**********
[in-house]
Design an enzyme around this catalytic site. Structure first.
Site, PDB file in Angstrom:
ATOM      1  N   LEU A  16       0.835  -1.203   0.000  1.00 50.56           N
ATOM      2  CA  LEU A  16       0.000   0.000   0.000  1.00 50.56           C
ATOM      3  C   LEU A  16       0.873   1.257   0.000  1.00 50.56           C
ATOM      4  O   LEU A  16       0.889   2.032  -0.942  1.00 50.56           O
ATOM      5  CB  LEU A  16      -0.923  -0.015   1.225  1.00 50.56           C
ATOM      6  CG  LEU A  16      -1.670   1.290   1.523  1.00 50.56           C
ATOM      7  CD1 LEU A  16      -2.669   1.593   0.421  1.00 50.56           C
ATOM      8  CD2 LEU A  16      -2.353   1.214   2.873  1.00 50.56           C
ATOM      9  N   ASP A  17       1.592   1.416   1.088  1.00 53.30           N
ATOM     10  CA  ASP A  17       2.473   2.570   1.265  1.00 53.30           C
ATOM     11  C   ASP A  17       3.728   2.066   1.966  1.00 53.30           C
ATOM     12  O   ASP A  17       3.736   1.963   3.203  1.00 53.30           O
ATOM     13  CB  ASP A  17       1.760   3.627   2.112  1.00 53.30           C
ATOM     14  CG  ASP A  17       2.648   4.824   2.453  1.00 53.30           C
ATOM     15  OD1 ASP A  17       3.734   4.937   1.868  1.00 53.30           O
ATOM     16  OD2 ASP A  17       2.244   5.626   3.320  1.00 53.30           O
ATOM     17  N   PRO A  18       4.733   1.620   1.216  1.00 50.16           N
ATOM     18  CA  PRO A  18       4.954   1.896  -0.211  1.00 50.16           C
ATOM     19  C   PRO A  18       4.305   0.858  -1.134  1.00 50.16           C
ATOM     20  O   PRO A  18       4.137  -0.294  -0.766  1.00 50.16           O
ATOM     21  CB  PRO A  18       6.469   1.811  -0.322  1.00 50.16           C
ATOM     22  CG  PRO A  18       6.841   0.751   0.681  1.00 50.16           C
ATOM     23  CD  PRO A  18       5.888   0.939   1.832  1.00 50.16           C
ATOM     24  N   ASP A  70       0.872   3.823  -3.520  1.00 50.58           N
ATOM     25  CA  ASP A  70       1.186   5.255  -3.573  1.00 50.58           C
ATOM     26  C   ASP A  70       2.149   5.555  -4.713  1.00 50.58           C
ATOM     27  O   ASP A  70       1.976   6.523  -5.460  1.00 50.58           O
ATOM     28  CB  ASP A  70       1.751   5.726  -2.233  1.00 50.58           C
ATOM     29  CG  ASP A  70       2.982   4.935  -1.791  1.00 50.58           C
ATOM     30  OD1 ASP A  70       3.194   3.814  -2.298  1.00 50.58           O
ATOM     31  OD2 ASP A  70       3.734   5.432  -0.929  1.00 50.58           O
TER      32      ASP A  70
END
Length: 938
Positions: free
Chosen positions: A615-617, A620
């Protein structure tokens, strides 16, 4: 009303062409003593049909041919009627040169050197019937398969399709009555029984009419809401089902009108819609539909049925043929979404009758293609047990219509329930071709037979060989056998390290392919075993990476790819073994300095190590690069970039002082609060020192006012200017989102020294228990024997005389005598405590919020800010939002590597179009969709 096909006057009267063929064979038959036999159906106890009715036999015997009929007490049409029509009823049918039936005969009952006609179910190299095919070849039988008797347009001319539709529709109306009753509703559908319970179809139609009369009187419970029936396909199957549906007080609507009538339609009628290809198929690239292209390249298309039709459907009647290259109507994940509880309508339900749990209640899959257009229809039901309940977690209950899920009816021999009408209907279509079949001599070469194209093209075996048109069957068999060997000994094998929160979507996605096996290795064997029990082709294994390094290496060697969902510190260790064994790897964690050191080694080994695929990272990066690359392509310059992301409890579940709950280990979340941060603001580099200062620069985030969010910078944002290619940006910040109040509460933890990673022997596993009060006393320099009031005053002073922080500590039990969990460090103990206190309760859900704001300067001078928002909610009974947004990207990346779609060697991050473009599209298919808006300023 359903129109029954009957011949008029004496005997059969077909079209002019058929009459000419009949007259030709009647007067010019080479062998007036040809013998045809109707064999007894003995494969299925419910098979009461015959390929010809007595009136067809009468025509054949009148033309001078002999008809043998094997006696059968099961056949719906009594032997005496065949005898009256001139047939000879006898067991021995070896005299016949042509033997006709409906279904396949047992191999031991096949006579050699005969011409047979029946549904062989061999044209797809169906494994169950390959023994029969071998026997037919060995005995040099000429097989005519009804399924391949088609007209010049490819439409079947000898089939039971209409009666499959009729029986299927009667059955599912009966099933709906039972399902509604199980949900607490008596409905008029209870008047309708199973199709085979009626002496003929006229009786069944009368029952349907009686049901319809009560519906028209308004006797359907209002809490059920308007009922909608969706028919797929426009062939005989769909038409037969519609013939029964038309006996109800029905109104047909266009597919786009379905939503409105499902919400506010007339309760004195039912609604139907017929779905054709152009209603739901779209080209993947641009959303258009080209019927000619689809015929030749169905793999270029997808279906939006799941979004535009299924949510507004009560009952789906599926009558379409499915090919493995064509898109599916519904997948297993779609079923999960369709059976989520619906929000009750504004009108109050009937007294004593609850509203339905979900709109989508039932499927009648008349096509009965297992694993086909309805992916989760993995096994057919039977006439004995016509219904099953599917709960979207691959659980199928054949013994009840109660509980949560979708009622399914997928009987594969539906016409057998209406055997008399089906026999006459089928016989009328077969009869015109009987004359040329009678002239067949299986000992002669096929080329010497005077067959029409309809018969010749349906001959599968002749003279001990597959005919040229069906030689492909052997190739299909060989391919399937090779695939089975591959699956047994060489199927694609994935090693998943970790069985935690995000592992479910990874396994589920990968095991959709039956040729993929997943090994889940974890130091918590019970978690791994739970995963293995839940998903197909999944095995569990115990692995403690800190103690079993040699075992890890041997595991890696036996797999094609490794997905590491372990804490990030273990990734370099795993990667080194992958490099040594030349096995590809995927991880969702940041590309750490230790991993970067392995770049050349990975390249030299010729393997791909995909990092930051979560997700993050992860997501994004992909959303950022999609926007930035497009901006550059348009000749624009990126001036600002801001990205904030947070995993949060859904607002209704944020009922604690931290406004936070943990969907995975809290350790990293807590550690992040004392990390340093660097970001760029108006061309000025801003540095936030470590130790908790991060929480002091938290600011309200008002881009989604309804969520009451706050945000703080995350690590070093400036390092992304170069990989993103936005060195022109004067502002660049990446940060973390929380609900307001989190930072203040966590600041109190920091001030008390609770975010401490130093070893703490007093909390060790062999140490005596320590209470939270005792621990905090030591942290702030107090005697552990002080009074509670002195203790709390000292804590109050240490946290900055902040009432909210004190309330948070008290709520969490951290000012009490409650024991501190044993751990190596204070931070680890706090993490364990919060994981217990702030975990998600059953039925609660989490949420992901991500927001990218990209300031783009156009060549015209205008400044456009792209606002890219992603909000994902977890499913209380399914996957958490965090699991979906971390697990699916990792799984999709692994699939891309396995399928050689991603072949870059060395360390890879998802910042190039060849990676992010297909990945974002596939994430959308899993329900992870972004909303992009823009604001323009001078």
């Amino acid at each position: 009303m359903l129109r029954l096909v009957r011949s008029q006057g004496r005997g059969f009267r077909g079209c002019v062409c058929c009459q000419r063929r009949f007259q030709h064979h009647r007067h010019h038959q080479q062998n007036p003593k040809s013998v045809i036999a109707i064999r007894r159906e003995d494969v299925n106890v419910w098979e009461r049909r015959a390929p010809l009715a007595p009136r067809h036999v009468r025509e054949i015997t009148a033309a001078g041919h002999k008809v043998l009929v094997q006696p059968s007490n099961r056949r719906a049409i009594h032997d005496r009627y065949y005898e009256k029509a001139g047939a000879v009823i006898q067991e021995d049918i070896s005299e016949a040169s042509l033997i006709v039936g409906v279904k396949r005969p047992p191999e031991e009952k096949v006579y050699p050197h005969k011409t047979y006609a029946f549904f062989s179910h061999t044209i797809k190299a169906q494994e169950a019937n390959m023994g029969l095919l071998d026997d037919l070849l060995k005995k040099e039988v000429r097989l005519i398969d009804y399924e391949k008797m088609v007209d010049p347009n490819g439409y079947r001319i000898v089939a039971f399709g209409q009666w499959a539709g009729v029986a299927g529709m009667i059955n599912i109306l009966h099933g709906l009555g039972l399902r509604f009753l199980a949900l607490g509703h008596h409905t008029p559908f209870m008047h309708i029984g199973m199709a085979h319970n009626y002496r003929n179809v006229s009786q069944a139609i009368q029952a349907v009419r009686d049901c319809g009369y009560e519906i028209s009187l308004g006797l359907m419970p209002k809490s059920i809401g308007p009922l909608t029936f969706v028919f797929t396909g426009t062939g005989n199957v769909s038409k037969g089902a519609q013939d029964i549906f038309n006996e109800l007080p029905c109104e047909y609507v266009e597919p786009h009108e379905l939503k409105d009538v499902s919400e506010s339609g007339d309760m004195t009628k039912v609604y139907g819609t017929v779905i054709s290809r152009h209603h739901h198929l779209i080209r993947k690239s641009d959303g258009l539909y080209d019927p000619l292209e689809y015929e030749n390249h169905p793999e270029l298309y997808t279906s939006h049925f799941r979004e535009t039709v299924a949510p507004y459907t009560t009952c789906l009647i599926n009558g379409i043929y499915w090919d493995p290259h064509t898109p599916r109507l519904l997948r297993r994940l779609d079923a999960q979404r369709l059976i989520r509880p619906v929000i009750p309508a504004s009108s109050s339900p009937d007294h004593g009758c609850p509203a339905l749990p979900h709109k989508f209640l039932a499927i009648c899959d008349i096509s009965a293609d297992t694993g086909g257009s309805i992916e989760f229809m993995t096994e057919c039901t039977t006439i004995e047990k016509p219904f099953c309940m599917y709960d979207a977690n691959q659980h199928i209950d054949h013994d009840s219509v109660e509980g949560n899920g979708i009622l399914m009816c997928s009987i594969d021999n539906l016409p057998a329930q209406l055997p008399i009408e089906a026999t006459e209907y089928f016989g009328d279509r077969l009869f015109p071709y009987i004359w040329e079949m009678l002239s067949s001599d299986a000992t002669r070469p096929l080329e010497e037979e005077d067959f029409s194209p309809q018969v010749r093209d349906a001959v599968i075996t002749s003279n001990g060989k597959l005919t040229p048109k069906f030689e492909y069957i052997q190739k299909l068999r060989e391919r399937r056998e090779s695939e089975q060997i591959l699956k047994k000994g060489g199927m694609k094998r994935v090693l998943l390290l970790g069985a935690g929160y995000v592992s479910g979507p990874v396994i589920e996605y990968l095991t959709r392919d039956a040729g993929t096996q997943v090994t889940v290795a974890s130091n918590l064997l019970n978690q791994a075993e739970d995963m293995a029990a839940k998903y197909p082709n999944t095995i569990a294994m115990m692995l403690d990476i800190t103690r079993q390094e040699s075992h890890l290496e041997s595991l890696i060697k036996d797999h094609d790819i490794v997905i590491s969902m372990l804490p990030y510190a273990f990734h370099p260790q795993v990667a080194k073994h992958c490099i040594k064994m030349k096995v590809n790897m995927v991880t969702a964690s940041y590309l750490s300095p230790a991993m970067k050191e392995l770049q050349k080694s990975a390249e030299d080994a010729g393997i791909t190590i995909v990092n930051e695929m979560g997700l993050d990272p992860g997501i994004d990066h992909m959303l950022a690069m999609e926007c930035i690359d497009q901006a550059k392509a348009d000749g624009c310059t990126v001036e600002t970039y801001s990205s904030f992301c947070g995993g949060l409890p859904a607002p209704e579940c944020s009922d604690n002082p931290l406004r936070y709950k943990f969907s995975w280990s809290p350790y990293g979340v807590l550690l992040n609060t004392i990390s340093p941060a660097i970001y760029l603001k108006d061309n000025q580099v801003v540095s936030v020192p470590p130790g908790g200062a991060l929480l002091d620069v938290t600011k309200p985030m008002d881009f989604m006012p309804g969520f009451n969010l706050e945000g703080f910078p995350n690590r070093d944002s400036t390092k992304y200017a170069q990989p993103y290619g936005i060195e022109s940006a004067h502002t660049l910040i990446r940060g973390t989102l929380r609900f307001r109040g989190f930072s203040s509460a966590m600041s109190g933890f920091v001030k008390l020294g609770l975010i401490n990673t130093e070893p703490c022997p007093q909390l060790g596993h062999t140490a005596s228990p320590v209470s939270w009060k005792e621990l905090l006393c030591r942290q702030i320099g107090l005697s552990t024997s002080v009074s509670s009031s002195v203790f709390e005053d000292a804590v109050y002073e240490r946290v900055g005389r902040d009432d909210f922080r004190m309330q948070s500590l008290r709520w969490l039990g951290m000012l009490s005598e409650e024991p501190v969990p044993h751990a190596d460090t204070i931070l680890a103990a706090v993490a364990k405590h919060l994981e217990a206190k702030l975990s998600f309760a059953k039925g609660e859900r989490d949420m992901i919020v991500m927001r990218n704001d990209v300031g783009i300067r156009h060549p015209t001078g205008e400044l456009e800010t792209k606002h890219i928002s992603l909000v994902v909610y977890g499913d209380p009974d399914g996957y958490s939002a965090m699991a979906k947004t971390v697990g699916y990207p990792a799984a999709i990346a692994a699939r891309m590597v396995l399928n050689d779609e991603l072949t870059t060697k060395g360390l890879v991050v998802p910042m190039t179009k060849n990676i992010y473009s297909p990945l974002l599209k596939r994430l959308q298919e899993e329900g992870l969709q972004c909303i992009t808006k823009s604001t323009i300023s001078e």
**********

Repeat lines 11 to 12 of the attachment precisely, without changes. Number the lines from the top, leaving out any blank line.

ATOM      8  CD2 LEU A  16      -2.353   1.214   2.873  1.00 50.56           C
ATOM      9  N   ASP A  17       1.592   1.416   1.088  1.00 53.30           N